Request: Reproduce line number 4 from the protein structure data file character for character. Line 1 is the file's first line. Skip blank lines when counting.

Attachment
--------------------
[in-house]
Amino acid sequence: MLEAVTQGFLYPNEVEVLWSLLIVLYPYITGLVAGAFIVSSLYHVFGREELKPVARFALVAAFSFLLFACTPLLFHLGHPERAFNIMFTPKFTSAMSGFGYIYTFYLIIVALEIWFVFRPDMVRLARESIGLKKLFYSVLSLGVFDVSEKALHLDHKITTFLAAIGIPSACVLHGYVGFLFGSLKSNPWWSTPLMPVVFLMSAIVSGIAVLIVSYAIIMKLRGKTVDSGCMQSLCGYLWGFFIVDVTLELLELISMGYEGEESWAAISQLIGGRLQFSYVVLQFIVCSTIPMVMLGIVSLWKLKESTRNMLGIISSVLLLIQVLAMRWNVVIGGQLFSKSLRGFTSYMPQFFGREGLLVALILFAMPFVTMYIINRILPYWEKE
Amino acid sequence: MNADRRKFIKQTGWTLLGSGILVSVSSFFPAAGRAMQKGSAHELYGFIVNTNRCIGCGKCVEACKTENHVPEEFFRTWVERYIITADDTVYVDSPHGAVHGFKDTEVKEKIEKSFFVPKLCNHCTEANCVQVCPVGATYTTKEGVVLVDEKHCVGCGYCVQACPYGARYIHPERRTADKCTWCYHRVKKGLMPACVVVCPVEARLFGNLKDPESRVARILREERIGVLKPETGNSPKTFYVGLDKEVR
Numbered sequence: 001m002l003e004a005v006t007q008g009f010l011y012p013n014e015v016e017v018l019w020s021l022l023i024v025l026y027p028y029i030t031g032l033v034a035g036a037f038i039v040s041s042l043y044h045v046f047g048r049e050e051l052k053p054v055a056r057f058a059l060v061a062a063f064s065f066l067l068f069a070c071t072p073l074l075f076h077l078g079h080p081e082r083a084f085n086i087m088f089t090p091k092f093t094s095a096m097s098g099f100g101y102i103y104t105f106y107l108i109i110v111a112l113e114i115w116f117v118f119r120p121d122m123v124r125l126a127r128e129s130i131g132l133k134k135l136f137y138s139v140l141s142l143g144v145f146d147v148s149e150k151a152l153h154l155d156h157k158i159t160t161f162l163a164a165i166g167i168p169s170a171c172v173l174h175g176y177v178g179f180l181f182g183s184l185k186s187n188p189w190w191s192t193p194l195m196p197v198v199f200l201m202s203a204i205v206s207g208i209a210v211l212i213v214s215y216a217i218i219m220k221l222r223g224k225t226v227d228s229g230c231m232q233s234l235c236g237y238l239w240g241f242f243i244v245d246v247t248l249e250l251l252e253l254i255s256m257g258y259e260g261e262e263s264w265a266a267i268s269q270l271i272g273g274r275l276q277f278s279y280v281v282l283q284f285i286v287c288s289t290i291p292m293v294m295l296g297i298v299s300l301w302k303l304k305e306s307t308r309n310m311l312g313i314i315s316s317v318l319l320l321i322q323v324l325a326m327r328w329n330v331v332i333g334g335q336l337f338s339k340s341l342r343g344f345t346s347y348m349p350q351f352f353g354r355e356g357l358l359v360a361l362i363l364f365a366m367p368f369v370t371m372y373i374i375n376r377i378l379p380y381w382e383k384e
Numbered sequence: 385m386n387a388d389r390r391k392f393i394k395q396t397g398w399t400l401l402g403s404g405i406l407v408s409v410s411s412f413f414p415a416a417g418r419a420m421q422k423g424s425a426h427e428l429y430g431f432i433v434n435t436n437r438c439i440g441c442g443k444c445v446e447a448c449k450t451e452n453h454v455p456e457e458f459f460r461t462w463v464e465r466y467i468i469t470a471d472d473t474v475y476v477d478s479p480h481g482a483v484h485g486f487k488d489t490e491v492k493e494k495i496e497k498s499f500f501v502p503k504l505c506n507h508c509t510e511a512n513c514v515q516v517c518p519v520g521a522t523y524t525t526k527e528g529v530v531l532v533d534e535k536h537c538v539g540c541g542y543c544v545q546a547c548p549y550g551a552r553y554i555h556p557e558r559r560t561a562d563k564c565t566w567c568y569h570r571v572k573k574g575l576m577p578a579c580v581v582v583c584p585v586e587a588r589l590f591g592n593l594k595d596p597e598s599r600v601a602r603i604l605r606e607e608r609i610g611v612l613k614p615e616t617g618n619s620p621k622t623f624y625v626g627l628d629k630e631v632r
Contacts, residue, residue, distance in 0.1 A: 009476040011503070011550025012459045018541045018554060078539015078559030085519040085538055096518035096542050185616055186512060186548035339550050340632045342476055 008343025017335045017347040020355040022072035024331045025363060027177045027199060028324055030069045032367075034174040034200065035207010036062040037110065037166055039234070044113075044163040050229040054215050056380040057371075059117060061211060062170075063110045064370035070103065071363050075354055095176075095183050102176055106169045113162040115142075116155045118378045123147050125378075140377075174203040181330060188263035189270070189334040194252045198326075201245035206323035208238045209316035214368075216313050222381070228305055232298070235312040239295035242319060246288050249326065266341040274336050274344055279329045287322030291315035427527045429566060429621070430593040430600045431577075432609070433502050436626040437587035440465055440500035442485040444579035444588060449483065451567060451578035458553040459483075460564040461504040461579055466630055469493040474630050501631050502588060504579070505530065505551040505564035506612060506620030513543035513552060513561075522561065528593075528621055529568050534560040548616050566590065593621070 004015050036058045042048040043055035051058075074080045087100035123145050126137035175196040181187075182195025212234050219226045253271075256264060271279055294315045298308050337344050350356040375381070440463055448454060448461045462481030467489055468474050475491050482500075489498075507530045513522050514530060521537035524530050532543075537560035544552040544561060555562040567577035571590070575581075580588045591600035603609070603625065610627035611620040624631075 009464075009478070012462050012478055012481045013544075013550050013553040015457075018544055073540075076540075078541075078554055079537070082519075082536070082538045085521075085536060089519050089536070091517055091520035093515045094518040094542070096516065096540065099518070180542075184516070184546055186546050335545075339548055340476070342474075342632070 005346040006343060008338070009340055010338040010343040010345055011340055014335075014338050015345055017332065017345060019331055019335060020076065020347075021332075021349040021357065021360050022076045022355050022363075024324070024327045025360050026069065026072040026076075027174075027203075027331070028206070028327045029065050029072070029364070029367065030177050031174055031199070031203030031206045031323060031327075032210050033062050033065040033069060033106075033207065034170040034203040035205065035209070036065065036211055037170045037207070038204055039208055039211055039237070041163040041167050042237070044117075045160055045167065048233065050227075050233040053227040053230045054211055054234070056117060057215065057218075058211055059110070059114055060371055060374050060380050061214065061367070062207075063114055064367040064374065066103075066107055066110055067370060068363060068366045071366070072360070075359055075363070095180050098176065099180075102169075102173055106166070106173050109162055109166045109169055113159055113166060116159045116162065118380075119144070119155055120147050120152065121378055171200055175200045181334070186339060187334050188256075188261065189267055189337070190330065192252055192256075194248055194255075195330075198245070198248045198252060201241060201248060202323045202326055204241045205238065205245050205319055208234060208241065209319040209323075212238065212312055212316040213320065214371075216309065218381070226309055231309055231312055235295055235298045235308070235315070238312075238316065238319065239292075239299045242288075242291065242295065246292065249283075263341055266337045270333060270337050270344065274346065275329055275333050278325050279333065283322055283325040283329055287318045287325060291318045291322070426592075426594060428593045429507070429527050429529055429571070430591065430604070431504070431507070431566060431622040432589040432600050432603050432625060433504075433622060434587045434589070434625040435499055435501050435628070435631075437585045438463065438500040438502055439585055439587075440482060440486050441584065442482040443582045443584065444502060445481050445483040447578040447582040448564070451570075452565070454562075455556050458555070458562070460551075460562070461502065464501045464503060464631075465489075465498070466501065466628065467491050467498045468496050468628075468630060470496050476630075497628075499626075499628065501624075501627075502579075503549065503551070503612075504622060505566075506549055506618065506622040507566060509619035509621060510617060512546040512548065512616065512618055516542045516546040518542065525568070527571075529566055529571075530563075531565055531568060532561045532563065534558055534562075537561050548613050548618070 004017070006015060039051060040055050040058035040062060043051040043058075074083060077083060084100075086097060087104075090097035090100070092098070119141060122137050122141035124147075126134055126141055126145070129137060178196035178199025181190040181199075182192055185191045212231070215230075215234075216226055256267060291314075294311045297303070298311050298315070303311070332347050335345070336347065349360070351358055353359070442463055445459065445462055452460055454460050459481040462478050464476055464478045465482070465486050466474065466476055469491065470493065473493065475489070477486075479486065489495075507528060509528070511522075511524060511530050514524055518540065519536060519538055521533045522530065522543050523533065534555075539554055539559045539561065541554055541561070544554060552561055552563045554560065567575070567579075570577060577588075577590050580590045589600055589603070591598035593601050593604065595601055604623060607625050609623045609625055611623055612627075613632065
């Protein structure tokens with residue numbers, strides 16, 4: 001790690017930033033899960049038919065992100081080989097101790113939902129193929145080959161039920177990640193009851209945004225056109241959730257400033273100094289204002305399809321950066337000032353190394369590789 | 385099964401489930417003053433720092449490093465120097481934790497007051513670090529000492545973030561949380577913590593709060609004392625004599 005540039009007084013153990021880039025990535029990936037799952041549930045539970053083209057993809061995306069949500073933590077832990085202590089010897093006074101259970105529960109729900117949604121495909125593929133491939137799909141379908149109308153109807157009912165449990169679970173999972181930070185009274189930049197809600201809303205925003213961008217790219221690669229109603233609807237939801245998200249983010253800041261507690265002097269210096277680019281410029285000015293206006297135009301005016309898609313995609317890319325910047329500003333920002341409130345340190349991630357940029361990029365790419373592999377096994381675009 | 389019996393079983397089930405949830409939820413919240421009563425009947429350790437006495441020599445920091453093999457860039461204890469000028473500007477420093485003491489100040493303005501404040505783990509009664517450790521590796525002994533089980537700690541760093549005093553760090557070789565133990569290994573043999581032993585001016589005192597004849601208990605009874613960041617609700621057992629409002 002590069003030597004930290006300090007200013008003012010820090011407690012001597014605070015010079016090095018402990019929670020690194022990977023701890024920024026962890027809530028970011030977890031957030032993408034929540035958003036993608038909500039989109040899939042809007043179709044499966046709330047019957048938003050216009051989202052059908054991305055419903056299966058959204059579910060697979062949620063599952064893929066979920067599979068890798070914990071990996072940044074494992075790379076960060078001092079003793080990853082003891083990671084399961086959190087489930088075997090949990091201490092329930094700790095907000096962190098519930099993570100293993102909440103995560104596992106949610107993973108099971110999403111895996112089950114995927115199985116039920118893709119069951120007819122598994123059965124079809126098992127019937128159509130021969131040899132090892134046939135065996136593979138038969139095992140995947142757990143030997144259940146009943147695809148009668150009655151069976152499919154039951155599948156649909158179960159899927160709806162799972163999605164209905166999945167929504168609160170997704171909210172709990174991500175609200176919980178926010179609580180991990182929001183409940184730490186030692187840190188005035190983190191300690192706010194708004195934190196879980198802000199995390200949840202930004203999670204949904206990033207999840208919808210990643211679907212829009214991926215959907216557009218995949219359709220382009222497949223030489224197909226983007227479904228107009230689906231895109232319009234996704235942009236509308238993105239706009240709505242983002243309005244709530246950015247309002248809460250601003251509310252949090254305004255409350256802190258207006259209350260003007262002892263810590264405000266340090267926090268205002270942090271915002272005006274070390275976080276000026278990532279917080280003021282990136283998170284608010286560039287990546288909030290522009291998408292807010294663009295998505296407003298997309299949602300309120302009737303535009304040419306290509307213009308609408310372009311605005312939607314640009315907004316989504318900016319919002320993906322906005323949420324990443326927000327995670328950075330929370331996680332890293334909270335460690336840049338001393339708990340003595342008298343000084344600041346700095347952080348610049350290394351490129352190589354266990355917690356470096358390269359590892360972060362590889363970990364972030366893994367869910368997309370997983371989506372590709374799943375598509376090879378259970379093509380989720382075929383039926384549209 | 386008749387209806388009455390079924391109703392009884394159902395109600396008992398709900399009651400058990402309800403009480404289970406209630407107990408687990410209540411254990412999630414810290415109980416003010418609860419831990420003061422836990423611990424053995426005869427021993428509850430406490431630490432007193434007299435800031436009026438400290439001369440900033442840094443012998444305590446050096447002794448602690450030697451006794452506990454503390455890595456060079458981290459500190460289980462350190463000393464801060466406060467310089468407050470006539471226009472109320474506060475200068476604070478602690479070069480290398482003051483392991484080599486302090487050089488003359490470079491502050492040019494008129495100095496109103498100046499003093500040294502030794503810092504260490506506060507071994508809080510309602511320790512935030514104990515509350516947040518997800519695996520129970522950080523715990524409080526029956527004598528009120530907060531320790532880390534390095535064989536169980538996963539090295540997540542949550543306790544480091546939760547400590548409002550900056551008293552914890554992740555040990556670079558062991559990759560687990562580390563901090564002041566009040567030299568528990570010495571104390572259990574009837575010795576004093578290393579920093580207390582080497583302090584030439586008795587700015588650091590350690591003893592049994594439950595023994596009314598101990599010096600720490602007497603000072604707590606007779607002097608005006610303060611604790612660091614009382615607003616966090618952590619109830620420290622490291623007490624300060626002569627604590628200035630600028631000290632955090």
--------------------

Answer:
Numbered sequence: 001m002l003e004a005v006t007q008g009f010l011y012p013n014e015v016e017v018l019w020s021l022l023i024v025l026y027p028y029i030t031g032l033v034a035g036a037f038i039v040s041s042l043y044h045v046f047g048r049e050e051l052k053p054v055a056r057f058a059l060v061a062a063f064s065f066l067l068f069a070c071t072p073l074l075f076h077l078g079h080p081e082r083a084f085n086i087m088f089t090p091k092f093t094s095a096m097s098g099f100g101y102i103y104t105f106y107l108i109i110v111a112l113e114i115w116f117v118f119r120p121d122m123v124r125l126a127r128e129s130i131g132l133k134k135l136f137y138s139v140l141s142l143g144v145f146d147v148s149e150k151a152l153h154l155d156h157k158i159t160t161f162l163a164a165i166g167i168p169s170a171c172v173l174h175g176y177v178g179f180l181f182g183s184l185k186s187n188p189w190w191s192t193p194l195m196p197v198v199f200l201m202s203a204i205v206s207g208i209a210v211l212i213v214s215y216a217i218i219m220k221l222r223g224k225t226v227d228s229g230c231m232q233s234l235c236g237y238l239w240g241f242f243i244v245d246v247t248l249e250l251l252e253l254i255s256m257g258y259e260g261e262e263s264w265a266a267i268s269q270l271i272g273g274r275l276q277f278s279y280v281v282l283q284f285i286v287c288s289t290i291p292m293v294m295l296g297i298v299s300l301w302k303l304k305e306s307t308r309n310m311l312g313i314i315s316s317v318l319l320l321i322q323v324l325a326m327r328w329n330v331v332i333g334g335q336l337f338s339k340s341l342r343g344f345t346s347y348m349p350q351f352f353g354r355e356g357l358l359v360a361l362i363l364f365a366m367p368f369v370t371m372y373i374i375n376r377i378l379p380y381w382e383k384e